Looking at Prisoners in a New Light

The idea of prison and those who are in prison has long ago been written off by society. We see all prisoners as criminals, and give almost no concern for what they go through in the depths of prison. We live in a country where we are told to trust the justice system completely and blindly, and most of us do, because we have no idea there is a reason to mistrust this justice system. We assume, with a sad naïveté, that through the system of checks and balances and regulation, that the justice system has no other choice but to be fair and balanced. Unfortunately, in the realm of realism, that is far from how our justice system works, and instead of allowing the perpetuation of stereotypes of who these prisoners are, it’s time that we dissected who they really are, and why this system has gone so askew.
Prison is where we send offenders to be once they have committed a crime. It is punishment for what they have done, as well as a site for rehabilitation. Prison, in its foundation was meant for war prisoners, captured in battle. These prisoners still had some type of rights, and after a certain amount of time, some of them would be released.
U.S. prisons have always been shaky. They, too, used to capture war prisoners, and through that, they would gain free and cheap servants. They figured out a way to exploit these captured people in order to use them for work that they desperately needed when the use of indentured servants began to die out. This was utilized in the early days of the colonies, and it was later replaced by the system of American chattel slavery.
Slavery began in the 1600s and lasted until the late 1800s with the Civil War and the Emancipation Proclamation. with that came the reignited need for the free and cheap labor in order to keep the remaining plantations and areas functioning. Thus, there was a loophole built into the 13th amendment, which abolished slavery and indentured servitude, except as punishment for a crime. This rule was utilized all throughout the former Confederacy and even the Union areas, and targeted former black slaves. They used a heightened sense of policing for black people and other minorities and they were arrested for seemingly minor charges. This practice has not only continued, but has evolved and expanded over time.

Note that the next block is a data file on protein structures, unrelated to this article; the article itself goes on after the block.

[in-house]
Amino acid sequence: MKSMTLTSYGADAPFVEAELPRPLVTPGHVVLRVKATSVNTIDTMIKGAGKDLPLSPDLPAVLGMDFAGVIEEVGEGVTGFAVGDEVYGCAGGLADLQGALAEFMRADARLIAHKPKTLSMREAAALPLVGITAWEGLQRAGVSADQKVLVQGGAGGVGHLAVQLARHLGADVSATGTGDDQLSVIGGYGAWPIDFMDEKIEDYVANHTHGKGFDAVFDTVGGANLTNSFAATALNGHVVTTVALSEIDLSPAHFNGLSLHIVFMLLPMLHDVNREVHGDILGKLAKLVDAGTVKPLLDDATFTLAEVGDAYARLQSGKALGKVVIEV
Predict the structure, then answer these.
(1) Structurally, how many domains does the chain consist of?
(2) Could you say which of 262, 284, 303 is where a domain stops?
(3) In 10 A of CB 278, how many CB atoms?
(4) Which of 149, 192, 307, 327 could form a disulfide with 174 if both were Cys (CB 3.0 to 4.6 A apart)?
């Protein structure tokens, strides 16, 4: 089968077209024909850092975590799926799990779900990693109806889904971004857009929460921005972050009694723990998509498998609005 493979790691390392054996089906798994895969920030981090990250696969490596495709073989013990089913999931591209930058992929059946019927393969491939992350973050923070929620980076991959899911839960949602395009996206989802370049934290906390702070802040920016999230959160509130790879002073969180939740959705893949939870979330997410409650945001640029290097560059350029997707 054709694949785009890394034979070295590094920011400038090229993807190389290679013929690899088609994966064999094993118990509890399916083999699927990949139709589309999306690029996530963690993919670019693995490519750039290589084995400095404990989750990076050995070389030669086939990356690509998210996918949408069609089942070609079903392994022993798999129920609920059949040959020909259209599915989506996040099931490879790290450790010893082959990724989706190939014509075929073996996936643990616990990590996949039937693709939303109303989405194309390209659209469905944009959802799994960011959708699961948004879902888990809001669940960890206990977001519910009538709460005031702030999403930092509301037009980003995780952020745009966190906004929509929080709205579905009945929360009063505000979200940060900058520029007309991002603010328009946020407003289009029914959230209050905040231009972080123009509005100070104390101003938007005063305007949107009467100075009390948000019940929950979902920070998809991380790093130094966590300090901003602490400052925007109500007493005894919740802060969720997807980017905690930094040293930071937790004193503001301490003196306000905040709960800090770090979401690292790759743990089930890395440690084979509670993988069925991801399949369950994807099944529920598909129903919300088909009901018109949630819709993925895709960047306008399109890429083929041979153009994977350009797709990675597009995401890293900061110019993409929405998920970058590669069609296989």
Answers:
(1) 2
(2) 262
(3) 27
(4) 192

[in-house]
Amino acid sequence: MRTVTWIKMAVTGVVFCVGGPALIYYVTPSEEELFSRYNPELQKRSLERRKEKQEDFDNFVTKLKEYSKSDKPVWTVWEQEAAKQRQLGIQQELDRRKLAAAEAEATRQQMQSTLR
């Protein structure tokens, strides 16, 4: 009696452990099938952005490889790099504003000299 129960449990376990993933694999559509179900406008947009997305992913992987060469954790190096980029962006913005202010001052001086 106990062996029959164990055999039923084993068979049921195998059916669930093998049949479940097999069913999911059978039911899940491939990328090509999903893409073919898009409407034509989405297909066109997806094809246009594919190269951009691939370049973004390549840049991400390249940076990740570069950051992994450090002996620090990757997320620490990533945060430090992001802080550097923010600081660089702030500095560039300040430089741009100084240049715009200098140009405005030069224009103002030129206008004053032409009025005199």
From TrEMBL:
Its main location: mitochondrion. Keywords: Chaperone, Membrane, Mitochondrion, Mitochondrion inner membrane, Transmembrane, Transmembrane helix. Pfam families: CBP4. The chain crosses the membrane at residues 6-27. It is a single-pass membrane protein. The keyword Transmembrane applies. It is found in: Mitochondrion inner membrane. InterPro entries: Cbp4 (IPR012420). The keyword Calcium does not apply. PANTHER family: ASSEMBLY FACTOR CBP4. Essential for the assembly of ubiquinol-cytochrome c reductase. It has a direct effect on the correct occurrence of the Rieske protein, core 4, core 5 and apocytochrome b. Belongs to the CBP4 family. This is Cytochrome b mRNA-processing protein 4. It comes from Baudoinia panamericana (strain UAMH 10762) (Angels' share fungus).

Today, mostly minorities make up the prison population, despite the fact that people of all races commit crimes at about the same rate. This is the gist of the system of mass incarceration. Many of these offenders are in for a long time for nonviolent crimes, such as possession of marijuana. And committing crimes are not acceptable in this society with rules, the things that make these crimes are starting to change. A lot of these drugs that are currently forbidden come from the Clinton administration when he made the War on Drugs such a big part of society. This War on Drugs was used to perpetuate the stereotype of minorities using drugs, while when looking at the data, once again, people of all races and cultures use drugs at around the same rate.
Now, I am certainly not saying that there aren’t any people who deserve to go to prison. There are many who do. But the way we generalize all the prisoners and reduce them to the lowest criminals is really harmful and counter productive. These prisoners are sent to prison to be rehabilitated so that they can come out into society and not make any more offenses. Yet someone’s status as a prisoner brands them permanently as a social pariah. We continue to judge these people, while not providing any services to aide them both in and out of prison. We believe these people of being monsters, while at the same automatically passing judgement.
The society we live in says that these people put these people in these situations and therefore deserve these terrible conditions. We dehumanize these prisoners and see them as less than us, and less deserving of the right of freedom from cruel and unusual punishment.
Prisoners are human, too, and they don’t start out as criminals. In fact many of them actually aren’t. They start as your brother, sister, mother, father, uncle, aunt, cousin, friend. They have lives too, they have families and feelings, and desires and goals. Instead of automatically dehumanizing prisoners, let’s take a look at the more nuanced side of the situation and not necessarily take the government’s word.

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